This second installation in the Gentlemen Bastards series is good enough to keep me reading and wanting the next. It's just as witty as the first, and...moreThis second installation in the Gentlemen Bastards series is good enough to keep me reading and wanting the next. It's just as witty as the first, and there were several laugh-out-loud moments for me. The banter between Locke and Jean remains as fun as ever.
However, it's a bit slower-paced than Lies of Locke Lamora, and while a bit heavier on angst, it also felt strangely less dark. Although perhaps the latter can be attributed to the fact that the Verrari are not as cut-throat as the Cammori and their criminal world (and the city at large) makes a grander show at being "civilized". I also far preferred the way the atmosphere had been set in the first novel than in this, but I understand that perhaps Scott Lynch spent more effort trying to make the nautical parts of the book feel authentic than in describing the rest.
Speaking of which, the whole time they were learning about the sea (if this were a film, it would be the perfect place for a training montage), was somewhat boring to me. It took me a long time to get past that part, even during the re-read. The scenes involving ships and pirates were action-packed and interesting, which made up for the slow middle. However, I wasn't too pleased with the way the romance aspect had been written, as it felt to me that Jean was teetering on the edge of being out of character at times. I can only hope love doesn't make Locke as ridiculous soppy and sentimental should he be around Sabetha in the future.
I loved the new characters and would really like it if, someday, Locke can once again meet Requin and Selendri, just as I hope he runs into the Salvaras another time. The way everything fell into place in the end was great and while not as inspired as the heists in the first book, the one here was still quite brilliant -- and surprisingly hilarious.(less)
Maybe I'm just getting tired of Haruki Murakami, but Kafka on the Shore took me a long time to finish because I couldn't quite enjoy it.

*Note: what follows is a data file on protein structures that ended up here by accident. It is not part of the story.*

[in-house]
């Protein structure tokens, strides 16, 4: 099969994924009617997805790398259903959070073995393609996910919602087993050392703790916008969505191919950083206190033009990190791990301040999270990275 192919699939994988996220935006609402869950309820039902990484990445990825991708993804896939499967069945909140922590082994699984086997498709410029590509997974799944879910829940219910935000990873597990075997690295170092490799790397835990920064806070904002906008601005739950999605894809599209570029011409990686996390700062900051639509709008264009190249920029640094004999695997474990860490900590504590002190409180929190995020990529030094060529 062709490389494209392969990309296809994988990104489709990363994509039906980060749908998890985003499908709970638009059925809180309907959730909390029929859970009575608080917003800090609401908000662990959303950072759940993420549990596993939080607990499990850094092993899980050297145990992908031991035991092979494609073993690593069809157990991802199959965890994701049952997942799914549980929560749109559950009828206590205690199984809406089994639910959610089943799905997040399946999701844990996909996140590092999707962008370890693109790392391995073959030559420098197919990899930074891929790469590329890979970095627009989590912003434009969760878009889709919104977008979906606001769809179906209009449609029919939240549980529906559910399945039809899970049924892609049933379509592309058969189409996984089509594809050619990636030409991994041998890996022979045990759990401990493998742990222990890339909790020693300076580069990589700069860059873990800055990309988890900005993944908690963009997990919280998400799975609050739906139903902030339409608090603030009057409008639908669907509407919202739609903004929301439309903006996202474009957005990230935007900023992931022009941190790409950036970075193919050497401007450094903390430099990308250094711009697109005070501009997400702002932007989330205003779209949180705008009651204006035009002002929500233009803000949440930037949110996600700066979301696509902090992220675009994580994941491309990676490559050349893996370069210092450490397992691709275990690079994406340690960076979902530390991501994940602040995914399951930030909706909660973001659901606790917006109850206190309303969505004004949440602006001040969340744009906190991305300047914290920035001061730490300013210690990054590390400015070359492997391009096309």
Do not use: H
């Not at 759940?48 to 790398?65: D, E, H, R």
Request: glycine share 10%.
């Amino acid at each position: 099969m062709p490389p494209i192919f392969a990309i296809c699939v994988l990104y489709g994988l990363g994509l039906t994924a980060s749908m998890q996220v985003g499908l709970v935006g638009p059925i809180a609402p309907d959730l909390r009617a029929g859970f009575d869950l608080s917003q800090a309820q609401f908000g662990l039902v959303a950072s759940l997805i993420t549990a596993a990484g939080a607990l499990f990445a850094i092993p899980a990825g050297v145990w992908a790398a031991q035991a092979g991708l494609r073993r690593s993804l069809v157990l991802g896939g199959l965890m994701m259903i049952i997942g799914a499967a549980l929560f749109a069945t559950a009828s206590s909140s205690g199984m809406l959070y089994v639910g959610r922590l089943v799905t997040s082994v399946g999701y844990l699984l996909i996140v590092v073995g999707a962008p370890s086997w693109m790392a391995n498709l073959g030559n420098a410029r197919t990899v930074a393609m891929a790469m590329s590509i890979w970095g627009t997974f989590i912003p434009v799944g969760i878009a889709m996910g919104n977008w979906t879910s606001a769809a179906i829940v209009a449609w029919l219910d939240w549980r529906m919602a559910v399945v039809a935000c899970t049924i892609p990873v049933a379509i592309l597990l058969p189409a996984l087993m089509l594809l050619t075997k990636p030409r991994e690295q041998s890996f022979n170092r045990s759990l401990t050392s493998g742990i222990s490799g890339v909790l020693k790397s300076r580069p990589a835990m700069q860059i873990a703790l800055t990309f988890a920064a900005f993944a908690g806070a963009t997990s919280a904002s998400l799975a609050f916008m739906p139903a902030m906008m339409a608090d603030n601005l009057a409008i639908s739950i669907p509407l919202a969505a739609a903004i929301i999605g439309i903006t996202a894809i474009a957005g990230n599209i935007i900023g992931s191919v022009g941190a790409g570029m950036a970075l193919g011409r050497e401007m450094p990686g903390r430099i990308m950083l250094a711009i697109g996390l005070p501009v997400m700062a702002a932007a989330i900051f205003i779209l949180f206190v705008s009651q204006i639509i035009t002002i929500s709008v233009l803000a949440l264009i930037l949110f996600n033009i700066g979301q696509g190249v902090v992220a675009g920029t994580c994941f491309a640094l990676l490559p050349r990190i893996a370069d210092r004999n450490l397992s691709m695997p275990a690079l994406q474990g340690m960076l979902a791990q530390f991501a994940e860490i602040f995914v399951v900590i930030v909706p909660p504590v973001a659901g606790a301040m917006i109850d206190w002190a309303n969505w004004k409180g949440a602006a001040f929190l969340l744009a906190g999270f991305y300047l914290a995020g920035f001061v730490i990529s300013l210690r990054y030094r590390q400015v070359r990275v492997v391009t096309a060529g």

The prose is a...moreMaybe I'm just getting tired of Haruki Murakami, but Kafka on the Shore took me a long time to finish because I couldn't quite enjoy it.
The prose is as beautiful as Murakami's prose tends to be, but there's something about the story and the main character (Kafka Tamura) that I simply didn't like. The supporting characters were great. I loved old and "I'm kind of stupid" Nakata, Hoshino, and Oshima (although there was this weird point when Oshima went up against a pair of feminist activists and he was just really ANNOYING). The weird business with Johnny Walker and Colonel Sanders I can get over because -- well -- they're not the strangest things to show up in a Murakami novel. But Kafka just annoyed me.
Also, after having read so many Murakami novels, I'm starting to see that the author's weakness is that his voice is too strong for him to actually write in the voice of his character. Kafka doesn't sound 15. Kafka sounds like a lot of other Murakami protagonists. Murakami protagonists are all so self-absorbed.
That said, I really do think the prose is pretty (if a bit slow and boring). My copy has so many Post-it flags on it for all the quotable things it has. But it's not my favorite Murakami novel -- quite the opposite, in fact. I was completely unable to connect with the main character and I found him irritating, which usually ruins books for me (see Bartimaeus Trilogy, Lioness Quartet).
ETA: The occasional jumps to second person were incredibly obnoxious. They were so jarring. And much of the book was gratuitously weird, wordy, and borderline trashy.(less)
One of the most depressing things I have ever read. The ending was kind of hopeful, with the way it was left hanging, but still pretty depressing. The...moreOne of the most depressing things I have ever read. The ending was kind of hopeful, with the way it was left hanging, but still pretty depressing. The main character was incredibly disconnected with the world for most of the book, I felt awful. The book was well written and interesting, but I really don't think I'll read it again.(less)